USITT Kicks Off Rigging Safety Initiative with Free School Inspections
Fall means back to school and back to stage - time for schools to apply for free rigging inspections to ensure student safety in their theatre productions.
USITT, the United States Institute for Theatre Technology, offers free inspections and stage crew safety training through its Rigging Safety Initiative.
The program, launched in 2011 with a $25,000 donation from JR Clancy, invites applications from schools twice a year, in spring and fall. So far, USITT has approved free stage rigging inspections and training for 52 schools in 21 states.
Arapahoe High School in Centennial, Colorado, applied last spring and received its inspection June 1. Arapahoe drama teacher Ian Ahern said school administrators weren't sure when their auditorium's rigging was last inspected, so they jumped at the chance.
USITT sent Ahern a list of contractors in his area who employ ETCP-certified rigging inspectors and give USITT a reduced rate of $1,000 per inspection. Ahern chose Norcostco, and USITT paid the bill.
"It went really well," Ahern said. "The inspector was super-friendly and showed me a lot of things I didn't know about counterweight systems. He gave me a breakdown of what needed immediate attention, what could be improved over time, and what I might need to think about five or 10 years down the road. And he trained me on what students should do to be safe."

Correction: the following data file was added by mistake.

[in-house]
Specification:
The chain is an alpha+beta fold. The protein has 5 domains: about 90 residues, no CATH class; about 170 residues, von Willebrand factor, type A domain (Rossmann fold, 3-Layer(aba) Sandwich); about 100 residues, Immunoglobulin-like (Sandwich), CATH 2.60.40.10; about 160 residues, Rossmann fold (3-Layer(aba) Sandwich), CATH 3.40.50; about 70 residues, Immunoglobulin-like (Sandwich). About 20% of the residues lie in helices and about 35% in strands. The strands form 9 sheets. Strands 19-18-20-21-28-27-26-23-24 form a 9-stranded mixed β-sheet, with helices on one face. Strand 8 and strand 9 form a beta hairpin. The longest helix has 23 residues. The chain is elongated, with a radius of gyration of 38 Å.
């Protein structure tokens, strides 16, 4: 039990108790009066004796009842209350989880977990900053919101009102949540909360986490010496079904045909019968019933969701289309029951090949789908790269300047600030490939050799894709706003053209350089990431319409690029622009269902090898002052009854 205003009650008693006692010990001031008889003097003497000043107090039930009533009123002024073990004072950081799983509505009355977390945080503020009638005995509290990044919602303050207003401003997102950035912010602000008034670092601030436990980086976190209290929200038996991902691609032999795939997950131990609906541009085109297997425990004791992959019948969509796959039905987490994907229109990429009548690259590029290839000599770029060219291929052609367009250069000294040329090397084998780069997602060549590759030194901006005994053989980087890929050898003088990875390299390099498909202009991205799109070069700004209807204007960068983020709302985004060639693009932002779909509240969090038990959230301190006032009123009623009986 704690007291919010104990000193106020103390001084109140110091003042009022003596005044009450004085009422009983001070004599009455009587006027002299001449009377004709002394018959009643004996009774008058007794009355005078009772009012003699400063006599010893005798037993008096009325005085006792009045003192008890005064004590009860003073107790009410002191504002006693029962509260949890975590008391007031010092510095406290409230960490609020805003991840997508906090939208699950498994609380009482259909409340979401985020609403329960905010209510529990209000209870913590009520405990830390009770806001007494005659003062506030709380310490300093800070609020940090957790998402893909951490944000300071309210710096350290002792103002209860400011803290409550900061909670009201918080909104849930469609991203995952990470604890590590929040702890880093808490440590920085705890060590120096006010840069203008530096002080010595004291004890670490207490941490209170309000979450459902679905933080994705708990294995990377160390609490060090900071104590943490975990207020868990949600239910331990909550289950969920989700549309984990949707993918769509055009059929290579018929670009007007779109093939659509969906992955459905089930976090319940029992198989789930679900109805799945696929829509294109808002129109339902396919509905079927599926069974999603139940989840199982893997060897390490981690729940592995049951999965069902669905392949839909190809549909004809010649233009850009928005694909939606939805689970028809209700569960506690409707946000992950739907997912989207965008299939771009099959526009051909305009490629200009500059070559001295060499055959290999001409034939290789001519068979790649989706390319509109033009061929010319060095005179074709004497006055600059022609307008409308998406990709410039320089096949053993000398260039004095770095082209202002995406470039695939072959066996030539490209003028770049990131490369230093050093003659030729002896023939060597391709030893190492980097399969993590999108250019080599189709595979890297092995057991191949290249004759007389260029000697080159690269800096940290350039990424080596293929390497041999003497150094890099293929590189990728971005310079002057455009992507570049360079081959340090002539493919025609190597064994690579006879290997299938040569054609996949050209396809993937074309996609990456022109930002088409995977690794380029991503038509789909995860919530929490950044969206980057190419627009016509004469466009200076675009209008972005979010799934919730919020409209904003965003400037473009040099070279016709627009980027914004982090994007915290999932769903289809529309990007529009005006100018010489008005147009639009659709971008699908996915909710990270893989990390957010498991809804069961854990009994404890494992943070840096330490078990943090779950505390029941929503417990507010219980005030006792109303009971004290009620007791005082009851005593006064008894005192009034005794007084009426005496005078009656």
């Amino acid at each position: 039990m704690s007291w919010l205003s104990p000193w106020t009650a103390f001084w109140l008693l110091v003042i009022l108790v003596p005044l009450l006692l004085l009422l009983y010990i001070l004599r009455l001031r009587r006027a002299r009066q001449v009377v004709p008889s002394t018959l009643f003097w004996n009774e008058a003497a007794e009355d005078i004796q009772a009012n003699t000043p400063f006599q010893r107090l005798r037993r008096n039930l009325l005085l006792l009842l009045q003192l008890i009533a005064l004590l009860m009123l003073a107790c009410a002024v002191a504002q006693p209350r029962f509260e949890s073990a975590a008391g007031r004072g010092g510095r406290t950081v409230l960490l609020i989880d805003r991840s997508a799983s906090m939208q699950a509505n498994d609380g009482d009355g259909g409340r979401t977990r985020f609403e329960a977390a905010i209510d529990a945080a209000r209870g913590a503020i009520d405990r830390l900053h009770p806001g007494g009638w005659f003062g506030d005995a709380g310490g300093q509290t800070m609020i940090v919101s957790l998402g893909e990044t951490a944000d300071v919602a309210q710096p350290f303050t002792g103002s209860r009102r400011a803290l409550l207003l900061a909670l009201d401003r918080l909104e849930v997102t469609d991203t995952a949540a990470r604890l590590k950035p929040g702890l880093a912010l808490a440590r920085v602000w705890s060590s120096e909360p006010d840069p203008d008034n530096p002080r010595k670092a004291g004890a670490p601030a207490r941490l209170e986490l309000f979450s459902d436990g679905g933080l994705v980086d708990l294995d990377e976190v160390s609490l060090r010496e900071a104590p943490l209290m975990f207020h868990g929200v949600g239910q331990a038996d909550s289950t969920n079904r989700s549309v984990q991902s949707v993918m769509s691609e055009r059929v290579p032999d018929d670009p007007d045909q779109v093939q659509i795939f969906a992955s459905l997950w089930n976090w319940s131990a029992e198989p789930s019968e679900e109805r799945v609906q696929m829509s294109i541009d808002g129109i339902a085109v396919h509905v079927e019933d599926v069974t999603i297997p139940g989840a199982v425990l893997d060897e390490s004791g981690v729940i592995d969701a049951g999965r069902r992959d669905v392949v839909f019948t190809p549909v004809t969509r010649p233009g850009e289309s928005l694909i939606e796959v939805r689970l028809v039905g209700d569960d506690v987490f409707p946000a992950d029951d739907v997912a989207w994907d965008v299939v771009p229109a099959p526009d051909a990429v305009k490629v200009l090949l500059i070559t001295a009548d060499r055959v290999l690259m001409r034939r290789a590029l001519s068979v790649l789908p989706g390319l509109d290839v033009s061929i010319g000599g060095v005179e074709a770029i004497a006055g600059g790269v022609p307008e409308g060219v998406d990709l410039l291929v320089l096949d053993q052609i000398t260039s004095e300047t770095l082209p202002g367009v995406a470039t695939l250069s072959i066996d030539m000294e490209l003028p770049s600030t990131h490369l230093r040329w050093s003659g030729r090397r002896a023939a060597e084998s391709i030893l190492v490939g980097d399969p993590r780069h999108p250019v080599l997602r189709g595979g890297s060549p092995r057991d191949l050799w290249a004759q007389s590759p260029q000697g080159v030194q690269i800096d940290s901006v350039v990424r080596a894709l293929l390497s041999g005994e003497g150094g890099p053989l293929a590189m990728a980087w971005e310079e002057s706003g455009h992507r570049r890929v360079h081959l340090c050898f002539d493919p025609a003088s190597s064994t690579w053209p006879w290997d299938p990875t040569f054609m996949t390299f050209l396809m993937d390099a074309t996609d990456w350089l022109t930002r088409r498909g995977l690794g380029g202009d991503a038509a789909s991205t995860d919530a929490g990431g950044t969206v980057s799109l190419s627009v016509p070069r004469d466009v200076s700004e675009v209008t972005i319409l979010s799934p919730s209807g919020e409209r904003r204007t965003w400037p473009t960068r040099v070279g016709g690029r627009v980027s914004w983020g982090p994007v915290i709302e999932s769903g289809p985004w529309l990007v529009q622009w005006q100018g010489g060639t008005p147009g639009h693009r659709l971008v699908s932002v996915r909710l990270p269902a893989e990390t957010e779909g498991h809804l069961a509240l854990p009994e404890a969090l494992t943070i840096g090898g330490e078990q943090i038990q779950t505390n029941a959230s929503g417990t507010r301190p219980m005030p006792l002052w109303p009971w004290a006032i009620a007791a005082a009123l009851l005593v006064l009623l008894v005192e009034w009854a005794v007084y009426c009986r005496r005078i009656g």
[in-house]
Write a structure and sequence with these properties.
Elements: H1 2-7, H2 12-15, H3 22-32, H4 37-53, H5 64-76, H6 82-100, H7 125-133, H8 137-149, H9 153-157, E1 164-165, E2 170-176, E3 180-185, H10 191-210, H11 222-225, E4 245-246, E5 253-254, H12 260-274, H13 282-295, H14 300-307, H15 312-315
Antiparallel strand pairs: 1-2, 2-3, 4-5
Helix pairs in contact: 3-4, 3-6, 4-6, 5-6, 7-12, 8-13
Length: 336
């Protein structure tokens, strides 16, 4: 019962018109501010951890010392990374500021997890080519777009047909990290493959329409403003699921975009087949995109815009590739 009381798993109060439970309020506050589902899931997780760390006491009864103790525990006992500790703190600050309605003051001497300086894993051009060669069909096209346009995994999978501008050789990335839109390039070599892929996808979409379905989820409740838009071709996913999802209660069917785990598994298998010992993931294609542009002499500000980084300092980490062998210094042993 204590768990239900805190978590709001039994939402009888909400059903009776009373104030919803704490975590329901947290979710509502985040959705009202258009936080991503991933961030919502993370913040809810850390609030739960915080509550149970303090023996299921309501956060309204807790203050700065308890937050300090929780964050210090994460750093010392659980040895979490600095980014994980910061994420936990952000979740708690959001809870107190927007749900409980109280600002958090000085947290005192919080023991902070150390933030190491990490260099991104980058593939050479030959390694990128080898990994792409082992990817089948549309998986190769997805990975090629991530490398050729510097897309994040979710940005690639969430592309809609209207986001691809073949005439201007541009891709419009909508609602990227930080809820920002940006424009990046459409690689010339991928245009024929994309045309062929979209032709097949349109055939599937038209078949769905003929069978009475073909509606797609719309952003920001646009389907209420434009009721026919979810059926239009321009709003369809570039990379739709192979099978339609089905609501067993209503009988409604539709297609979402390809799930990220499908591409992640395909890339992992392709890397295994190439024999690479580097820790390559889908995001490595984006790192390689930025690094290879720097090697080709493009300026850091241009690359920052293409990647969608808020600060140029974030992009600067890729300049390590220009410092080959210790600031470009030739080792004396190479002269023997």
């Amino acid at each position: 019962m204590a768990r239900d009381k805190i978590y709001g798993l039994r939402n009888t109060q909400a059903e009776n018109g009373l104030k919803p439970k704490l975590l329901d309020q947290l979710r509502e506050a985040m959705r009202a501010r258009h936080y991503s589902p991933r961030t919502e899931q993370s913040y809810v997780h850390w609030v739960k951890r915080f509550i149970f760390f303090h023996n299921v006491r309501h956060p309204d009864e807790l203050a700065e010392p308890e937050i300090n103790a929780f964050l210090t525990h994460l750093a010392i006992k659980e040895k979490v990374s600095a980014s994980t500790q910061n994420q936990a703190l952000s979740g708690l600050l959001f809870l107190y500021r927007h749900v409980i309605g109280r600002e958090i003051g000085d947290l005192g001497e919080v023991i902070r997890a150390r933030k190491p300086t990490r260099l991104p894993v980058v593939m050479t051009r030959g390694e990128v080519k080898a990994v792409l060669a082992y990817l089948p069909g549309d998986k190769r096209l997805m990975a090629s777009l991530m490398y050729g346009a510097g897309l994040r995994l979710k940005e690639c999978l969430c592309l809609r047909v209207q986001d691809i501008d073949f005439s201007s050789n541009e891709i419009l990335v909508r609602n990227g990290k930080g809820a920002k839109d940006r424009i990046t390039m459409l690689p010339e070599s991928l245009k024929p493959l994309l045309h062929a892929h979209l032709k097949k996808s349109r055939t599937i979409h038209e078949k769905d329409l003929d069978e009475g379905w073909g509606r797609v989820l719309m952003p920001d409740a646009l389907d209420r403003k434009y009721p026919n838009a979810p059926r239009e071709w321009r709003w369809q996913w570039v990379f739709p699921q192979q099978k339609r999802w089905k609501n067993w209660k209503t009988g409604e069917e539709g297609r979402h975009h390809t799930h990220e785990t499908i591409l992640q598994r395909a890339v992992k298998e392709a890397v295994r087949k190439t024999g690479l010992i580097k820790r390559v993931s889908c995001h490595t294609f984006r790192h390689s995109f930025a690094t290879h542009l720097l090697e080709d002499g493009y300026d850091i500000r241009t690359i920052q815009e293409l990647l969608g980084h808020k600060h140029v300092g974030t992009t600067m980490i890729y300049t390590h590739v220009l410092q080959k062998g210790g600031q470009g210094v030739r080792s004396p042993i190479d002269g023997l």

The inspector found that brakes on the school's 25-line counterweight system were worn and might fail if not addressed. Ahern said the cost of replacing all 25 brakes was under $1,000 -- "and it's so well worth it."
"I am so pleased," Ahern said. "This is something I wouldn't have thought of, and if I did, I wouldn't know who to talk to ... It was a great help."
The rigging inspectors also offer free four-hour safety training for up to eight staff and students. Ahern's school was out for the summer when he got his inspection, so he took the class solo and will teach his stage crew before their fall production of Romeo & Juliet.
USITT, the professional association for members of the backstage industry, wants to instill best safety practices in theatre technology at the high school level. Since schools aren't covered by federal safety requirements, they may not consider an inspection unless a problem occurs. USITT's Rigging Safety Initiative gives schools an incentive to get their rigging inspected and train their staff and students on how to safely operate it.
Besides founding sponsor JR Clancy of Syracuse, New York, three other companies contributed to the program this year -- ETC of Middleton, Wisconsin, Shepard Exposition Services of Atlanta, Georgia, and H&H Specialties of South El Monte, California.
For more information or to donate to the Rigging Safety Initiative, visit http://www.usitt.org/content.asp?pl=32&sl=330&contentid=330.
For more on USITT, visit www.usitt.org.